Minority Stress in the Lives of Men Who Have Sex With Men in Cape Town, South Africa

Publication Abstract

McAdams-Mahmoud, Ayesha, Rob Stephenson, Christopher Rentsch, Hannah Cooper, Kimberly Jacob Arriola, Geoffrey Jobson, Glenn de Swardt, Helen Struthers, an, et al. 2014. "Minority Stress in the Lives of Men Who Have Sex With Men in Cape Town, South Africa." Journal of Homosexuality, 61(6): 847-867.

The mental health outcomes of men who have sex with men (MSM) living in sub-Saharan Africa are understudied, despite evidence that discrimination and stigma are widespread. This article examines the occurrence and mental health effects of minority stress in a sample of diverse South African MSM. Twenty-two MSM living in Cape Town took part in exploratory qualitative in-depth interviews and completed mental health questionnaires. Results indicate that the majority of participants experienced minority stress, which affected their sexual relationships and coping strategies. Concealment behaviors and perceived discrimination levels were high and were associated with race, religion, SES, and geographical location.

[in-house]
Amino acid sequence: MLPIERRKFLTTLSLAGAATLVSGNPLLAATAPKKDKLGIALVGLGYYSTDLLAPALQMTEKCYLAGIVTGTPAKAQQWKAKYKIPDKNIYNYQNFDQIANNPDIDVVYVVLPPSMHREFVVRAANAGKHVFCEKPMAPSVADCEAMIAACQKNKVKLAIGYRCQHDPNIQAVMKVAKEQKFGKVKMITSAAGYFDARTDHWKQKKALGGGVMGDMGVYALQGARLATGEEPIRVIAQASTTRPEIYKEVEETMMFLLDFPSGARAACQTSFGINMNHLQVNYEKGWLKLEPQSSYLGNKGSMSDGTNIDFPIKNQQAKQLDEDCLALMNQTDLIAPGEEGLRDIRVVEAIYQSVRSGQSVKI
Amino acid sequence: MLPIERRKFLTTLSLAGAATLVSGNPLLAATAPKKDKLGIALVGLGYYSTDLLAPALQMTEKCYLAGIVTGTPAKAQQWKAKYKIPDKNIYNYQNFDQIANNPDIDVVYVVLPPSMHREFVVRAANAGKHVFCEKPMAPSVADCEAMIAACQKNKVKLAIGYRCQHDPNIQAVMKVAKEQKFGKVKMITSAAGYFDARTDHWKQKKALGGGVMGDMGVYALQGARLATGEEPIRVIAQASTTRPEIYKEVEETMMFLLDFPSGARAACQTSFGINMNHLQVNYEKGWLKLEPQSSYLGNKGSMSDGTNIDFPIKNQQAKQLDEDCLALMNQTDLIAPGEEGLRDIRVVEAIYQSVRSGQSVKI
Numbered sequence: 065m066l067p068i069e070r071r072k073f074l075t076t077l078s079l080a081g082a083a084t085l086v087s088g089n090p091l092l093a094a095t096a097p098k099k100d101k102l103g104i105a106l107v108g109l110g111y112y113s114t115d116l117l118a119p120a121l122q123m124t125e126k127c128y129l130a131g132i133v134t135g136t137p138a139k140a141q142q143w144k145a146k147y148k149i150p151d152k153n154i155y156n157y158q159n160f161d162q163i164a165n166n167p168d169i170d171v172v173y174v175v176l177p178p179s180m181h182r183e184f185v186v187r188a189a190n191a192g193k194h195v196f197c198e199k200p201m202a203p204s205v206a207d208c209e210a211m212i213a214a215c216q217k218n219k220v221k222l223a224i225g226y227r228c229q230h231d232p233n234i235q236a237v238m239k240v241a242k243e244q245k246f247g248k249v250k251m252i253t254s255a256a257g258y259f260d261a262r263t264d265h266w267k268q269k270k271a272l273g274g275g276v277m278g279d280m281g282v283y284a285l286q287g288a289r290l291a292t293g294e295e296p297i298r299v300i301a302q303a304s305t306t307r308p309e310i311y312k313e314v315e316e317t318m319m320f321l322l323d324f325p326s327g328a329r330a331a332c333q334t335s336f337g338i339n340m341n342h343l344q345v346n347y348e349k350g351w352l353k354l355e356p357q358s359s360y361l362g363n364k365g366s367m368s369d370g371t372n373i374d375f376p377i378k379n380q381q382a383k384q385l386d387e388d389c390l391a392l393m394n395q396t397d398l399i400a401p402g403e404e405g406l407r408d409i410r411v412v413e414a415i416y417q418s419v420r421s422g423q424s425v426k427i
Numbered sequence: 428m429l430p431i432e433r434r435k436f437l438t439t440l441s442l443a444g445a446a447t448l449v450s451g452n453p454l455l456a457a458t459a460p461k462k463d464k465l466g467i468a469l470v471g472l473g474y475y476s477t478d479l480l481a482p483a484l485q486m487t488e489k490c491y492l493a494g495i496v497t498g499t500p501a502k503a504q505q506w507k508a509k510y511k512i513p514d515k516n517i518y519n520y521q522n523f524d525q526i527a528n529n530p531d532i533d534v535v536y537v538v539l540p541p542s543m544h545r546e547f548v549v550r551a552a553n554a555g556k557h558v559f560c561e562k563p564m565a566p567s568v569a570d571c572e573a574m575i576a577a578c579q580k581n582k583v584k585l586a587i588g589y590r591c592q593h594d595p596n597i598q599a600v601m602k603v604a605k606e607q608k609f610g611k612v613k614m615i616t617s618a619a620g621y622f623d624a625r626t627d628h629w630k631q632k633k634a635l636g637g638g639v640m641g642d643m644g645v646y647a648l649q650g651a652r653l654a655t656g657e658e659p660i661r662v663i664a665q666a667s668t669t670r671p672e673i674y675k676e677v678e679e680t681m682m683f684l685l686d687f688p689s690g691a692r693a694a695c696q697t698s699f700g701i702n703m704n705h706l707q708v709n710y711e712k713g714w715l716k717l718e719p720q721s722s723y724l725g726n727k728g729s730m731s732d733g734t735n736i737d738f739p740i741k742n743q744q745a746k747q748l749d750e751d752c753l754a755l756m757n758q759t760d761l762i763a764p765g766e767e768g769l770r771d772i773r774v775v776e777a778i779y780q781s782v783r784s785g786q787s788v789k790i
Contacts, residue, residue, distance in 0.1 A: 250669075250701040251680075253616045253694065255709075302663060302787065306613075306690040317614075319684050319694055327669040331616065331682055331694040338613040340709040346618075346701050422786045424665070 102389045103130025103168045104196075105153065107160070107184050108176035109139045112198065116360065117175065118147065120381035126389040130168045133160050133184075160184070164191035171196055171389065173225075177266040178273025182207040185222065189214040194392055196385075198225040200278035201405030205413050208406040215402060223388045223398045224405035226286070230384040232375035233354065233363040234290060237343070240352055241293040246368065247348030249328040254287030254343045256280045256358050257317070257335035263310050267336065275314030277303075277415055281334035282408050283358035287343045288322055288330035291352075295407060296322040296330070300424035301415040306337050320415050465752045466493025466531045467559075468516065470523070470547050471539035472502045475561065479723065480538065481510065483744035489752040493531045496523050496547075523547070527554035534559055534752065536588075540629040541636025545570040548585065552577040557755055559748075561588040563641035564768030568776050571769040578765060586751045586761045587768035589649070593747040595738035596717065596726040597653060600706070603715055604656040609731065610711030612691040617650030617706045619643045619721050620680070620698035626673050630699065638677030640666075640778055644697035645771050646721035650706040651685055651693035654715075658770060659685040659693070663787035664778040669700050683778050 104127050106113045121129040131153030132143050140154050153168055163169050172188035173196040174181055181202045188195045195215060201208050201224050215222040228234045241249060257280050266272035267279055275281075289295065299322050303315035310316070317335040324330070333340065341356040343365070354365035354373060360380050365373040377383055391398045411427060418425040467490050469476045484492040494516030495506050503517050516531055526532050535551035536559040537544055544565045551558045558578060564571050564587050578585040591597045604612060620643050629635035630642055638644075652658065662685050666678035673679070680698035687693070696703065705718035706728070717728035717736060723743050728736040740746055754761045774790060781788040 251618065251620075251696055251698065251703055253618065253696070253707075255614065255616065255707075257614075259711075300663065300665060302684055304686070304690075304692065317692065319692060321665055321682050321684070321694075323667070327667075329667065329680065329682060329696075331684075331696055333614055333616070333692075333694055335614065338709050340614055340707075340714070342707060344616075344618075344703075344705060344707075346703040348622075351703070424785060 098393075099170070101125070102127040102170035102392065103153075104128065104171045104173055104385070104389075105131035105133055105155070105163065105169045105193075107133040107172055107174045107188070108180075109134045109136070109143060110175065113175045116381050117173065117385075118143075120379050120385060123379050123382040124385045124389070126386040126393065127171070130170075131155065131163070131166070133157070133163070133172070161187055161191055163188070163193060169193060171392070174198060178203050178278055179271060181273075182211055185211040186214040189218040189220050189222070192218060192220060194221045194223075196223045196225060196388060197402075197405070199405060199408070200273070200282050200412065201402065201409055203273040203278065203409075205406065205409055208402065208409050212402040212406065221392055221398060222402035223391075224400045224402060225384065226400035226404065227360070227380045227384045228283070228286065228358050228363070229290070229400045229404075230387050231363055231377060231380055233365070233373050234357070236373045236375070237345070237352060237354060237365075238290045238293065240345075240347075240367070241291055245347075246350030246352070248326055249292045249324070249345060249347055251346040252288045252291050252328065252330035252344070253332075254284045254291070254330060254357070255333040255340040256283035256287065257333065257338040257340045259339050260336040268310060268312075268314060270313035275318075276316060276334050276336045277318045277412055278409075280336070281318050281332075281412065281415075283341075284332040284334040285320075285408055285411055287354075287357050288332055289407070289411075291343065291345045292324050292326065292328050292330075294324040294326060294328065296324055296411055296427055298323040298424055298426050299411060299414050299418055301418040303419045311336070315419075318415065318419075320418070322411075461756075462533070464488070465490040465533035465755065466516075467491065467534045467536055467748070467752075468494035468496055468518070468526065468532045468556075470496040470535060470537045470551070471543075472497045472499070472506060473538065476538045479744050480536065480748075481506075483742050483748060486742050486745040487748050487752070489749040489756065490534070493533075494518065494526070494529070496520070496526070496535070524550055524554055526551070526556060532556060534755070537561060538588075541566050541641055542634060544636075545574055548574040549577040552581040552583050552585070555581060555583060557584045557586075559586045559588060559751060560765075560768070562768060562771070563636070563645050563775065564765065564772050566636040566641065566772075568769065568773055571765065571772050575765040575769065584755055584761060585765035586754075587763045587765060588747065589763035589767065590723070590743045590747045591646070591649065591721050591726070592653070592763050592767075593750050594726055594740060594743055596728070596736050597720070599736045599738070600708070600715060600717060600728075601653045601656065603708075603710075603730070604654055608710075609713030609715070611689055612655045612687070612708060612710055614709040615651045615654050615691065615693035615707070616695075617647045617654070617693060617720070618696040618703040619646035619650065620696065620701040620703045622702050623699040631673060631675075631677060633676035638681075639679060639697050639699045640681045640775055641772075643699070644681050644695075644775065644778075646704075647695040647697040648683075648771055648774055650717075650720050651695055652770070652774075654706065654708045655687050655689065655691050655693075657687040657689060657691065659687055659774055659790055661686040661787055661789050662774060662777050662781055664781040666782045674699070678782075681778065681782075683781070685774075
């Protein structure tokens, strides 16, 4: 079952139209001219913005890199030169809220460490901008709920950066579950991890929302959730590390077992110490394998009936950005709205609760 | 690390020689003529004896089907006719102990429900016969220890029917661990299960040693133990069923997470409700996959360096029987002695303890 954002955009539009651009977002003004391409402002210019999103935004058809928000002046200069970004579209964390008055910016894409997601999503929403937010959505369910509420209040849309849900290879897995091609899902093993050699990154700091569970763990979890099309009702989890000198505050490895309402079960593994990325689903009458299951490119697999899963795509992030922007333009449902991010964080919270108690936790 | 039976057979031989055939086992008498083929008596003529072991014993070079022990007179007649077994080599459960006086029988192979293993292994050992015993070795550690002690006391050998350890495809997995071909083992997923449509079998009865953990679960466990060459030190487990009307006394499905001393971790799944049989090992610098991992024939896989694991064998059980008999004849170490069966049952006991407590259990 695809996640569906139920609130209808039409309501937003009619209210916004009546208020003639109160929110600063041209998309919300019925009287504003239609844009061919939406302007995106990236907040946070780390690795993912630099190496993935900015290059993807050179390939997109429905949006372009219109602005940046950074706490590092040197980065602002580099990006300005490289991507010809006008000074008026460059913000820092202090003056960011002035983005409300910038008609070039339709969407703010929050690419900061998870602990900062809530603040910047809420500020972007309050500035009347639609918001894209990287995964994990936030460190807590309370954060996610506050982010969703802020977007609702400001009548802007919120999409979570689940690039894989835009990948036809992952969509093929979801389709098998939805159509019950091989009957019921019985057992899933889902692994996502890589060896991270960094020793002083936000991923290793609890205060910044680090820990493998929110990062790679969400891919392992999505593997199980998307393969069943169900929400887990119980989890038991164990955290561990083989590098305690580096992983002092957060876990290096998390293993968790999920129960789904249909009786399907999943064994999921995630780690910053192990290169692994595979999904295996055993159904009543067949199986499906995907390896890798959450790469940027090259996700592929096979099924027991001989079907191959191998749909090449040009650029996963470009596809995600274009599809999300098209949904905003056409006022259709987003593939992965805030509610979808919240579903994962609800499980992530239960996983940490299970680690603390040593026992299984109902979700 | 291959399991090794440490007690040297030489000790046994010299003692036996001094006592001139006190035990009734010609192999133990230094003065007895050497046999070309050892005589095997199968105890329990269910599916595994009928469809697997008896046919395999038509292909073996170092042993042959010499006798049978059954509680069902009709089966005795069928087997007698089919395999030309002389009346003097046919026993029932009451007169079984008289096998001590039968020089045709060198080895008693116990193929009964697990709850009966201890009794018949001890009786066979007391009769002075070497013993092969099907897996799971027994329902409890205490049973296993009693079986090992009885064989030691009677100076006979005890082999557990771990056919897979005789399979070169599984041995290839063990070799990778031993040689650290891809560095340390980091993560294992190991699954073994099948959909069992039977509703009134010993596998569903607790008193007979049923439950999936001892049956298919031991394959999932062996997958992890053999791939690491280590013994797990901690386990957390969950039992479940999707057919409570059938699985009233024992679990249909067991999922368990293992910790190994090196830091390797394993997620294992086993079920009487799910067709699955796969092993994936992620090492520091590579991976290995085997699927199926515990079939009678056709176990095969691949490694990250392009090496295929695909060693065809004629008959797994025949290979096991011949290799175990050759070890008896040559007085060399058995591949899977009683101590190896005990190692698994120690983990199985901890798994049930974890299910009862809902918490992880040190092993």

10.1080/00918369.2014.870454

Country of focus: South Africa.

Browse | Search | Books | Next

PSC In The News

RSS Feed icon

Shaefer comments on the Cares Act impact in negating hardship during COVID-19 pandemic

Heller comments on lasting safety benefit of youth employment programs

More News

Highlights

Dean Yang's Combatting COVID-19 in Mozambique study releases Round 1 summary report

Help Establish Standard Data Collection Protocols for COVID-19 Research

More Highlights


Connect with PSC follow PSC on Twitter Like PSC on Facebook